The six-nation Gulf Cooperation Council welcomed on Saturday EU plans to ban its 28 members from dealing with Jewish settlements, hoping the move would push forward peace efforts.
The guidelines, published in the EU's Official Journal Friday, forbid EU member states from funding or dealing with entities in territories occupied by the Jewish state in 1967.
Officials have warned of a serious crisis between the European Union and Israel over the move.
The GCC states "welcome the European Union's decision which they hope will back international efforts to revive peace talks between Palestinians and Israel, and press Israel to end its occupation of Palestinian territories," said their chief Abdullatif al-Zayani.
Zayani described the decision as "wise and reflects the EU's solid stance in rejecting Israel's settlement policy and its confiscating of Palestinian territories in a clear violation of all agreements, international law, and UN resolutions."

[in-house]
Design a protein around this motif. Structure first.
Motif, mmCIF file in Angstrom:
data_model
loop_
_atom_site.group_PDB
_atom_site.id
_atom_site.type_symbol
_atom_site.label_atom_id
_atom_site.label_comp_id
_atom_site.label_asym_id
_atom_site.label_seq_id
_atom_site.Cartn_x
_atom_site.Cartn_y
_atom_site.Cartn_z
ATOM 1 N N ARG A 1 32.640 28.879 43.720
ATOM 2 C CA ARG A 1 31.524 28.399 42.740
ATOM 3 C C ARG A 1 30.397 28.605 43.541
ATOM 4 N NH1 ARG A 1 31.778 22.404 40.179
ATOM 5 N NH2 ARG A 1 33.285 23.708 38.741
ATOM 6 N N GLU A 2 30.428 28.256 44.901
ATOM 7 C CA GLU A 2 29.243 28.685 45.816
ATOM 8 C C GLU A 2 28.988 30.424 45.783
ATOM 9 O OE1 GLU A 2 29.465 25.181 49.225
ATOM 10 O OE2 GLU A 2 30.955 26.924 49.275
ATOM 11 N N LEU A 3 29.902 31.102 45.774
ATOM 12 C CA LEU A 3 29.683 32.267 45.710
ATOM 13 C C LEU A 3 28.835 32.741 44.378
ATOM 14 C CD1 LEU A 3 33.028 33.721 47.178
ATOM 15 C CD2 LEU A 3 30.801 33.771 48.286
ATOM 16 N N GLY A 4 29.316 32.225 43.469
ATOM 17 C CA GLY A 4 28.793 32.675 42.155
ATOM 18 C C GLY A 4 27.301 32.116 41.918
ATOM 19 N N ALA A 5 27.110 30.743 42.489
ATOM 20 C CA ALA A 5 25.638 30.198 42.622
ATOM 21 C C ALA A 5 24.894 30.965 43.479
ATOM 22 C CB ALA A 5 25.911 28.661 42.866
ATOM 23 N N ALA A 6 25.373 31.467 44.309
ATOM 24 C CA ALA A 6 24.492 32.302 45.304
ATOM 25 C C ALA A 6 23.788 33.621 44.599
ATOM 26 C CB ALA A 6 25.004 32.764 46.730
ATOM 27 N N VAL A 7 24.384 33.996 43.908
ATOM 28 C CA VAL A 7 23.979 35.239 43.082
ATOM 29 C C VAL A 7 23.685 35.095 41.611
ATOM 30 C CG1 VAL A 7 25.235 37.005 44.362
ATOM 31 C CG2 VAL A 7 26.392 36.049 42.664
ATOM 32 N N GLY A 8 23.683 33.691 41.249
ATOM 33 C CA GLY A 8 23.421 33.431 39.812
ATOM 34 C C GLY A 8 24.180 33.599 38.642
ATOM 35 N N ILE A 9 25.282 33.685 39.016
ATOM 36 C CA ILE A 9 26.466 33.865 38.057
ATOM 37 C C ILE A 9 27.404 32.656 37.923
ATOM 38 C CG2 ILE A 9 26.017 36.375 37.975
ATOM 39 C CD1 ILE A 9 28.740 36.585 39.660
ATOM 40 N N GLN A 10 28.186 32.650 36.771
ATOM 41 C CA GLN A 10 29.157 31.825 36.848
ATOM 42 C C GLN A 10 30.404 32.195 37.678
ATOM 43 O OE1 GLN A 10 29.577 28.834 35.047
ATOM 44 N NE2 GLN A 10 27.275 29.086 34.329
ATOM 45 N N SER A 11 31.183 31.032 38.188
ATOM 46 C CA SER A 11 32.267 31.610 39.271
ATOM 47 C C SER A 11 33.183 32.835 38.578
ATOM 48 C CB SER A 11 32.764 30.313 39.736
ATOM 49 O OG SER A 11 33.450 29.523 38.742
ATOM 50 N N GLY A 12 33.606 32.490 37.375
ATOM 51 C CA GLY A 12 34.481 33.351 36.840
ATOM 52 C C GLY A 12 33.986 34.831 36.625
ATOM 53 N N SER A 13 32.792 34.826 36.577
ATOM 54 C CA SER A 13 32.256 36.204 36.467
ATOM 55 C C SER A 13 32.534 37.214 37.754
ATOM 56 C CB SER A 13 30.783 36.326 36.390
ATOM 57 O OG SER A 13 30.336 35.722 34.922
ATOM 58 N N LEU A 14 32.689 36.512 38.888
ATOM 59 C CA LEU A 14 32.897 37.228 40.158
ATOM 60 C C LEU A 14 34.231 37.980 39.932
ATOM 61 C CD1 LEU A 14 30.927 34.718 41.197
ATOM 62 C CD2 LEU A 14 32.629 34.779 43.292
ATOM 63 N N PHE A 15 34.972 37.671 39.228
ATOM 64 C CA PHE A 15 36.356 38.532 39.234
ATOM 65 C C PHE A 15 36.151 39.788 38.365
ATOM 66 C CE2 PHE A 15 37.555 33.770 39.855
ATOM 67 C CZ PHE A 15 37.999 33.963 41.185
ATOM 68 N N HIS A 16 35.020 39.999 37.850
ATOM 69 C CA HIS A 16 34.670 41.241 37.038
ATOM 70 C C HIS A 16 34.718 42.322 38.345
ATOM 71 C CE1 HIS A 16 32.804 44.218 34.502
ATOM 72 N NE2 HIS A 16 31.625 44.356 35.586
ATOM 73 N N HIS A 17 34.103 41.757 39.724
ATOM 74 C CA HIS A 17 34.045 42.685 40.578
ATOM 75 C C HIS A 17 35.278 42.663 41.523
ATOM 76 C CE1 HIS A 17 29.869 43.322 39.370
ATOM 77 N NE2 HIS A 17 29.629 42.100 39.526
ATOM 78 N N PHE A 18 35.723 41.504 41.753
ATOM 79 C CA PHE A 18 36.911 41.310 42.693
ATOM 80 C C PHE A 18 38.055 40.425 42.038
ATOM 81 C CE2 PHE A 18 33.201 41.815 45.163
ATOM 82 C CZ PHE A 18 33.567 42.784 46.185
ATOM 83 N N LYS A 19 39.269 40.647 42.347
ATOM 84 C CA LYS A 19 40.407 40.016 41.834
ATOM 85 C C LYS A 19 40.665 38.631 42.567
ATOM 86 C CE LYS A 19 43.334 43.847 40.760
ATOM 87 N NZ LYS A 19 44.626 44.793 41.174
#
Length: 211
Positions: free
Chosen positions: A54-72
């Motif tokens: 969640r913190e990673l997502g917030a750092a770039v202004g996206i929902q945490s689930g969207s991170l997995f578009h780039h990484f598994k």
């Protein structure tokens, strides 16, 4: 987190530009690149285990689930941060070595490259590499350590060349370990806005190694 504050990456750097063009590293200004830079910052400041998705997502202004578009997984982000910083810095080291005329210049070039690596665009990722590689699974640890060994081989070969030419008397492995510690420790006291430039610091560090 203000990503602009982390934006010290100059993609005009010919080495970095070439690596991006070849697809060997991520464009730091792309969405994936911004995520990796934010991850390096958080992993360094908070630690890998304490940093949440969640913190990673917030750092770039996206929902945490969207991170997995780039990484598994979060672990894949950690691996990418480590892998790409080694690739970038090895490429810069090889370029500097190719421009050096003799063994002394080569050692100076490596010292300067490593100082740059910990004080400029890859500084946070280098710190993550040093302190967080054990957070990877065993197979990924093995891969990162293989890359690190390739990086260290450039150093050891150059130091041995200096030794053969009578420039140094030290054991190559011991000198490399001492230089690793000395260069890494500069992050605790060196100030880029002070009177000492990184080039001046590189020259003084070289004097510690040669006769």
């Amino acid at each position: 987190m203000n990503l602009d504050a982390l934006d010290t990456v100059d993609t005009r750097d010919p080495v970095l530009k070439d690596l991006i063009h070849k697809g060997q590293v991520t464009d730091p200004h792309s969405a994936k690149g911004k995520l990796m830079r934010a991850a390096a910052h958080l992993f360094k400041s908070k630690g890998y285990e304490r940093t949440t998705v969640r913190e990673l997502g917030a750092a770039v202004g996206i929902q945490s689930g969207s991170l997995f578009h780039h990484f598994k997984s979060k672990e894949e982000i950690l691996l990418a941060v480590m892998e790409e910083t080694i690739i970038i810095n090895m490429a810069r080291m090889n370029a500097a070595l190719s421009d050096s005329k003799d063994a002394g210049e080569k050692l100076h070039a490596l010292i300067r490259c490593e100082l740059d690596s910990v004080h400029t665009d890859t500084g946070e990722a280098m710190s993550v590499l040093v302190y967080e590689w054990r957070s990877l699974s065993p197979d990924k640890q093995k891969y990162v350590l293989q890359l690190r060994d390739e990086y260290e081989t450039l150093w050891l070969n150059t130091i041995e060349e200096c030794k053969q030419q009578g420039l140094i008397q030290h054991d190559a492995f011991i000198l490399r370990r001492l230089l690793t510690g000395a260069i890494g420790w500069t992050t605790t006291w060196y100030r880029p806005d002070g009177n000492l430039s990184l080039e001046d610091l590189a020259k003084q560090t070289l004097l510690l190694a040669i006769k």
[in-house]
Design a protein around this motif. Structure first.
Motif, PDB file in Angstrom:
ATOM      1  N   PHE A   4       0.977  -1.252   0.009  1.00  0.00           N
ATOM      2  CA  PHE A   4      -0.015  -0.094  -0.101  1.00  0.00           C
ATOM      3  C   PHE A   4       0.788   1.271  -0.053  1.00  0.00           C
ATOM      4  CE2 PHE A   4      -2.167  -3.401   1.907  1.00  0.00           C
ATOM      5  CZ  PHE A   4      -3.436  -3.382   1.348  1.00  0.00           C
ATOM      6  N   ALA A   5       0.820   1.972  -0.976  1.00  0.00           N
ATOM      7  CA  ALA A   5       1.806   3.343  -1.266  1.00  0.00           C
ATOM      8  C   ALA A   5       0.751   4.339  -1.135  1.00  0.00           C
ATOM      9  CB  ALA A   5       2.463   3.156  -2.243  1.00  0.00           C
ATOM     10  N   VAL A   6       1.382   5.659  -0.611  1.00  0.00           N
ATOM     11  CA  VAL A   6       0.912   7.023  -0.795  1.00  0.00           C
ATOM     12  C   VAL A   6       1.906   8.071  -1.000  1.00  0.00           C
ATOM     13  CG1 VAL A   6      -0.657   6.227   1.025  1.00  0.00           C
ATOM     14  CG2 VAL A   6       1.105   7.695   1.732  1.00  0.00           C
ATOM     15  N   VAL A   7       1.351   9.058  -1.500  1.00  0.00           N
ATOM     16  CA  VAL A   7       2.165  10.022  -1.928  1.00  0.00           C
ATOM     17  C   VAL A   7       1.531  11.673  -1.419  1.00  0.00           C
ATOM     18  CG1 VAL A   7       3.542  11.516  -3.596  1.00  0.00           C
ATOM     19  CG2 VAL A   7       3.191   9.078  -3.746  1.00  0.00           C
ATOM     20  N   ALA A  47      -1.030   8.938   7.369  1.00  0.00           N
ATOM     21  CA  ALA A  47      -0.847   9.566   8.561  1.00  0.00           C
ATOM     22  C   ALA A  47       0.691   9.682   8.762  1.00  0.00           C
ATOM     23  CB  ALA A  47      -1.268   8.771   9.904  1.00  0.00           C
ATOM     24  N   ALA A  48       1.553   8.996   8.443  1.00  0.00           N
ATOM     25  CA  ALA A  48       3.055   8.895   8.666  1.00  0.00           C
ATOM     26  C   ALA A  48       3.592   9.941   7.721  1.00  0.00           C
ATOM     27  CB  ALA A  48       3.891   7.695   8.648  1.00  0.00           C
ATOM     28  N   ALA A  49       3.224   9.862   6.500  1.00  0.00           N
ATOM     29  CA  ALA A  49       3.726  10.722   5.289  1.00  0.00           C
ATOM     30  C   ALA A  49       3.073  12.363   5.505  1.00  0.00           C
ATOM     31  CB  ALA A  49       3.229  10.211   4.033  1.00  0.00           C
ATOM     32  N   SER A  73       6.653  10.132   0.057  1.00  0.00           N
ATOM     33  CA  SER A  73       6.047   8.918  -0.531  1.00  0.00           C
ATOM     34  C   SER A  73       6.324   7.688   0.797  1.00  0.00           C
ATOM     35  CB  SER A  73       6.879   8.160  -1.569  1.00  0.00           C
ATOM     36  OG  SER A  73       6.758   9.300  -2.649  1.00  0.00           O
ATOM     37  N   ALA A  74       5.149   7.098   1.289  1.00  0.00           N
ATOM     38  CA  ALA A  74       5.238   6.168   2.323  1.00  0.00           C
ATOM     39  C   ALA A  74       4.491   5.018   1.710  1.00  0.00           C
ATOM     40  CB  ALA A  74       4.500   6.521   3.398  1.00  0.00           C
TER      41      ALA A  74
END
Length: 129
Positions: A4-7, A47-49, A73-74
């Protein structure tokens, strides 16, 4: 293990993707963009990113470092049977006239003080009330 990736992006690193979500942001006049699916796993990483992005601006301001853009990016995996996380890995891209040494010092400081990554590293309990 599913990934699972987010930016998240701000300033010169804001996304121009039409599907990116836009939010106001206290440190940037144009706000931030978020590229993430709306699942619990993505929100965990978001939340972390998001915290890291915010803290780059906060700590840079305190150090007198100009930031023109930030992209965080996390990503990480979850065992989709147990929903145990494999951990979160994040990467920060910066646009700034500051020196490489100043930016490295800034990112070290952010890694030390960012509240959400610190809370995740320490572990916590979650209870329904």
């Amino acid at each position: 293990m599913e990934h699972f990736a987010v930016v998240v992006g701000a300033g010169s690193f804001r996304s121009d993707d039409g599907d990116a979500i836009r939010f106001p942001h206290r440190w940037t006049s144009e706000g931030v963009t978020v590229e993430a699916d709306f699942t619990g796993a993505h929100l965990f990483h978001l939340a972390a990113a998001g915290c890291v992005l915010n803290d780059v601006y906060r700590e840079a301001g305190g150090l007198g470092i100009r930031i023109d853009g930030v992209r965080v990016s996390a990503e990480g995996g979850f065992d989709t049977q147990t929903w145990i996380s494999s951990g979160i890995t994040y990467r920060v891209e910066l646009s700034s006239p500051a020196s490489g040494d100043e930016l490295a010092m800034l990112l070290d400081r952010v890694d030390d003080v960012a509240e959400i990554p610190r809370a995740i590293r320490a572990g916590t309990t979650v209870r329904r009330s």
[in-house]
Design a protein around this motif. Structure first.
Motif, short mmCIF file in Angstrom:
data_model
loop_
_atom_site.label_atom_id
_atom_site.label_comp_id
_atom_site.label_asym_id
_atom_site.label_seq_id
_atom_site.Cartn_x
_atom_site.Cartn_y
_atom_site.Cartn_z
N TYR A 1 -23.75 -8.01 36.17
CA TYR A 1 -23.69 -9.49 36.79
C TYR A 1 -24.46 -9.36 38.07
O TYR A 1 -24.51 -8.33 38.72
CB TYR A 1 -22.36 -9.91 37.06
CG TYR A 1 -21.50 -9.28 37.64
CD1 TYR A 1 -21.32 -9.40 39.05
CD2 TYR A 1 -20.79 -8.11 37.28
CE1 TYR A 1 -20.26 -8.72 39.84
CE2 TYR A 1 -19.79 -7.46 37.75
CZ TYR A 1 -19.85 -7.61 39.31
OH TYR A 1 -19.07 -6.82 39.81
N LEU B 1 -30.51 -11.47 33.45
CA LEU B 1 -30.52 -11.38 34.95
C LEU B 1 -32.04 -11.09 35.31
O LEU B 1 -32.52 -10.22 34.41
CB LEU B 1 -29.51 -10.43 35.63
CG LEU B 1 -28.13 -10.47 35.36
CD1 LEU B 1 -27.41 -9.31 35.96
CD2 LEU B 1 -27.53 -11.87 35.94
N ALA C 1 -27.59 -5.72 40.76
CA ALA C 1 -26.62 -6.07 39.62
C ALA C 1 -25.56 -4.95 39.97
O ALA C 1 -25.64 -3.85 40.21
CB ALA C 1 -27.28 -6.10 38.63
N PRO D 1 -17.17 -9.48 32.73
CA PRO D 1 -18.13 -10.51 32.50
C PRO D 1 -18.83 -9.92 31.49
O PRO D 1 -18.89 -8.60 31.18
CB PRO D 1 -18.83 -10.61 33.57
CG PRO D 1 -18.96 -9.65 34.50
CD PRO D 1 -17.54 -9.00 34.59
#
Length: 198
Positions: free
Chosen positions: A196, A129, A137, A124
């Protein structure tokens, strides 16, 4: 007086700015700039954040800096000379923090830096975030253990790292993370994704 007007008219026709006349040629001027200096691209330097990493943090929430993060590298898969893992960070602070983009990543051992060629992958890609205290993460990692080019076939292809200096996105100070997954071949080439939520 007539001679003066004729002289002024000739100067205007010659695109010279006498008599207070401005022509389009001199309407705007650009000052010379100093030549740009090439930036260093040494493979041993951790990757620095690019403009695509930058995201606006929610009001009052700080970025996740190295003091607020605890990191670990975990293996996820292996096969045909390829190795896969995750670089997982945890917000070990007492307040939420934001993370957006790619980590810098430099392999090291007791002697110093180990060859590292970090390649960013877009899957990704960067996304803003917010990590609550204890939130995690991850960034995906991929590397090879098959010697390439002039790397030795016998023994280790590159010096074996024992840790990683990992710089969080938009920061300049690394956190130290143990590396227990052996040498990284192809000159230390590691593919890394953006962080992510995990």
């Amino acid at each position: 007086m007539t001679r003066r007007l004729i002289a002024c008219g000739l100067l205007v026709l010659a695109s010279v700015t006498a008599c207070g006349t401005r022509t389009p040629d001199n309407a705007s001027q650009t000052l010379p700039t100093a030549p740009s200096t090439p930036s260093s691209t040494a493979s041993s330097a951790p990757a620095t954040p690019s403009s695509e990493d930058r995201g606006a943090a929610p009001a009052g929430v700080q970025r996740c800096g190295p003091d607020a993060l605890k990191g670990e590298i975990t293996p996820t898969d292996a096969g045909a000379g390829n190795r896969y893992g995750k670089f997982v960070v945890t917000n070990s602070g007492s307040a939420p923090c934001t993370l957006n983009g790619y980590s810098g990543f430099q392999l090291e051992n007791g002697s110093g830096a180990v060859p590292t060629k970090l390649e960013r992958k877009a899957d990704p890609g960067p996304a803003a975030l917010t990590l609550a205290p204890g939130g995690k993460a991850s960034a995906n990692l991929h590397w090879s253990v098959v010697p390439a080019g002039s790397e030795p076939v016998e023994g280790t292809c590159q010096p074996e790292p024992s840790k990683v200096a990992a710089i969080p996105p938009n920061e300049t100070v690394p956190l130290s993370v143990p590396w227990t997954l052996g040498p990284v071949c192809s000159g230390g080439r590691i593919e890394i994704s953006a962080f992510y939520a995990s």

Settlement building in the territories occupied by Israel in the 1967 Six Day War is considered illegal under international law and has been the main point of contention between Israel and the Palestinians.
On Friday US Secretary of State John Kerry announced israeli and Palestinian negotiators have agreed to establish the basis for resuming direct peace talks that have been frozen for three years.
The GCC countries are Bahrain, Kuwait, Oman, Qatar, Saudi Arabia and the United Arab Emirates